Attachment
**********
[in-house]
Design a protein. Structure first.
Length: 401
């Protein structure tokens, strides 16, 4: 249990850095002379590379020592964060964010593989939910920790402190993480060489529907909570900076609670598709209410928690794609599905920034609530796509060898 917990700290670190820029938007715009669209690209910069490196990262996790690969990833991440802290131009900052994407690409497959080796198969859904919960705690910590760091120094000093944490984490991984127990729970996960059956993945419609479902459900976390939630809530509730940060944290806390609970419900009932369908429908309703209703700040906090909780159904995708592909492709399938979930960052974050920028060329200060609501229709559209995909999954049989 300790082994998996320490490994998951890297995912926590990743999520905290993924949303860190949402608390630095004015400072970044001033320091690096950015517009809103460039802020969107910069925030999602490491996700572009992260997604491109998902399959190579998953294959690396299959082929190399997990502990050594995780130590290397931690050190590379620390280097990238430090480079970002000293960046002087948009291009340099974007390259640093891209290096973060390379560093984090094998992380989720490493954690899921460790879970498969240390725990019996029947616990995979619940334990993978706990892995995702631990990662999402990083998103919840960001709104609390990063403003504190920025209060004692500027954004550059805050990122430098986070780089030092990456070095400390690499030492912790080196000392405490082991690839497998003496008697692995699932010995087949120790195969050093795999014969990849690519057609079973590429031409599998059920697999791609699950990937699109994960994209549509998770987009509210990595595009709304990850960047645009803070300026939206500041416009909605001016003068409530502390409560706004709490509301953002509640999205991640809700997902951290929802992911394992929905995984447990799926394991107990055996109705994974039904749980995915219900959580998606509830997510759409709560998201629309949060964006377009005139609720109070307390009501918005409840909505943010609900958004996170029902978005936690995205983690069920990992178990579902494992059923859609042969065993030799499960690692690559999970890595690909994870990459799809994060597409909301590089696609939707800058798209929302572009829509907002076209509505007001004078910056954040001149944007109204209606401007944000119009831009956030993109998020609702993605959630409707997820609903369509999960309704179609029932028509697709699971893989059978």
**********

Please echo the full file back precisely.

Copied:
[in-house]
Design a protein. Structure first.
Length: 401
């Protein structure tokens, strides 16, 4: 249990850095002379590379020592964060964010593989939910920790402190993480060489529907909570900076609670598709209410928690794609599905920034609530796509060898 917990700290670190820029938007715009669209690209910069490196990262996790690969990833991440802290131009900052994407690409497959080796198969859904919960705690910590760091120094000093944490984490991984127990729970996960059956993945419609479902459900976390939630809530509730940060944290806390609970419900009932369908429908309703209703700040906090909780159904995708592909492709399938979930960052974050920028060329200060609501229709559209995909999954049989 300790082994998996320490490994998951890297995912926590990743999520905290993924949303860190949402608390630095004015400072970044001033320091690096950015517009809103460039802020969107910069925030999602490491996700572009992260997604491109998902399959190579998953294959690396299959082929190399997990502990050594995780130590290397931690050190590379620390280097990238430090480079970002000293960046002087948009291009340099974007390259640093891209290096973060390379560093984090094998992380989720490493954690899921460790879970498969240390725990019996029947616990995979619940334990993978706990892995995702631990990662999402990083998103919840960001709104609390990063403003504190920025209060004692500027954004550059805050990122430098986070780089030092990456070095400390690499030492912790080196000392405490082991690839497998003496008697692995699932010995087949120790195969050093795999014969990849690519057609079973590429031409599998059920697999791609699950990937699109994960994209549509998770987009509210990595595009709304990850960047645009803070300026939206500041416009909605001016003068409530502390409560706004709490509301953002509640999205991640809700997902951290929802992911394992929905995984447990799926394991107990055996109705994974039904749980995915219900959580998606509830997510759409709560998201629309949060964006377009005139609720109070307390009501918005409840909505943010609900958004996170029902978005936690995205983690069920990992178990579902494992059923859609042969065993030799499960690692690559999970890595690909994870990459799809994060597409909301590089696609939707800058798209929302572009829509907002076209509505007001004078910056954040001149944007109204209606401007944000119009831009956030993109998020609702993605959630409707997820609903369509999960309704179609029932028509697709699971893989059978």